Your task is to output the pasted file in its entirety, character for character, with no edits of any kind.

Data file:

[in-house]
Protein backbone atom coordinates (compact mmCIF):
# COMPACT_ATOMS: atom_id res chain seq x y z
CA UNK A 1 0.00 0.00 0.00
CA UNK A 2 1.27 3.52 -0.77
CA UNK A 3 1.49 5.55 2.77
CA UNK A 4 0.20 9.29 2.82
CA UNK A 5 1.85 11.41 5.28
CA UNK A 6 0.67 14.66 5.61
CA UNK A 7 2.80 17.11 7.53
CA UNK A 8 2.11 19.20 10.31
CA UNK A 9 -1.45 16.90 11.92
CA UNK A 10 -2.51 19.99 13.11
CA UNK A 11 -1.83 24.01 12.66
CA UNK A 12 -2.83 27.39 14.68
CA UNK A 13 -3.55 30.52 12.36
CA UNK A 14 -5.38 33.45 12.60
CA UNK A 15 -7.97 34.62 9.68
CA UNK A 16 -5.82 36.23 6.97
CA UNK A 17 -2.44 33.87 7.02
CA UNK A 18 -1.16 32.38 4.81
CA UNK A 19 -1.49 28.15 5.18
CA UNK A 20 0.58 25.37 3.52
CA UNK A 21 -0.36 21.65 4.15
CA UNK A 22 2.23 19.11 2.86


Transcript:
[in-house]
Protein backbone atom coordinates (compact mmCIF):
# COMPACT_ATOMS: atom_id res chain seq x y z
CA UNK A 1 0.00 0.00 0.00
CA UNK A 2 1.27 3.52 -0.77
CA UNK A 3 1.49 5.55 2.77
CA UNK A 4 0.20 9.29 2.82
CA UNK A 5 1.85 11.41 5.28
CA UNK A 6 0.67 14.66 5.61
CA UNK A 7 2.80 17.11 7.53
CA UNK A 8 2.11 19.20 10.31
CA UNK A 9 -1.45 16.90 11.92
CA UNK A 10 -2.51 19.99 13.11
CA UNK A 11 -1.83 24.01 12.66
CA UNK A 12 -2.83 27.39 14.68
CA UNK A 13 -3.55 30.52 12.36
CA UNK A 14 -5.38 33.45 12.60
CA UNK A 15 -7.97 34.62 9.68
CA UNK A 16 -5.82 36.23 6.97
CA UNK A 17 -2.44 33.87 7.02
CA UNK A 18 -1.16 32.38 4.81
CA UNK A 19 -1.49 28.15 5.18
CA UNK A 20 0.58 25.37 3.52
CA UNK A 21 -0.36 21.65 4.15
CA UNK A 22 2.23 19.11 2.86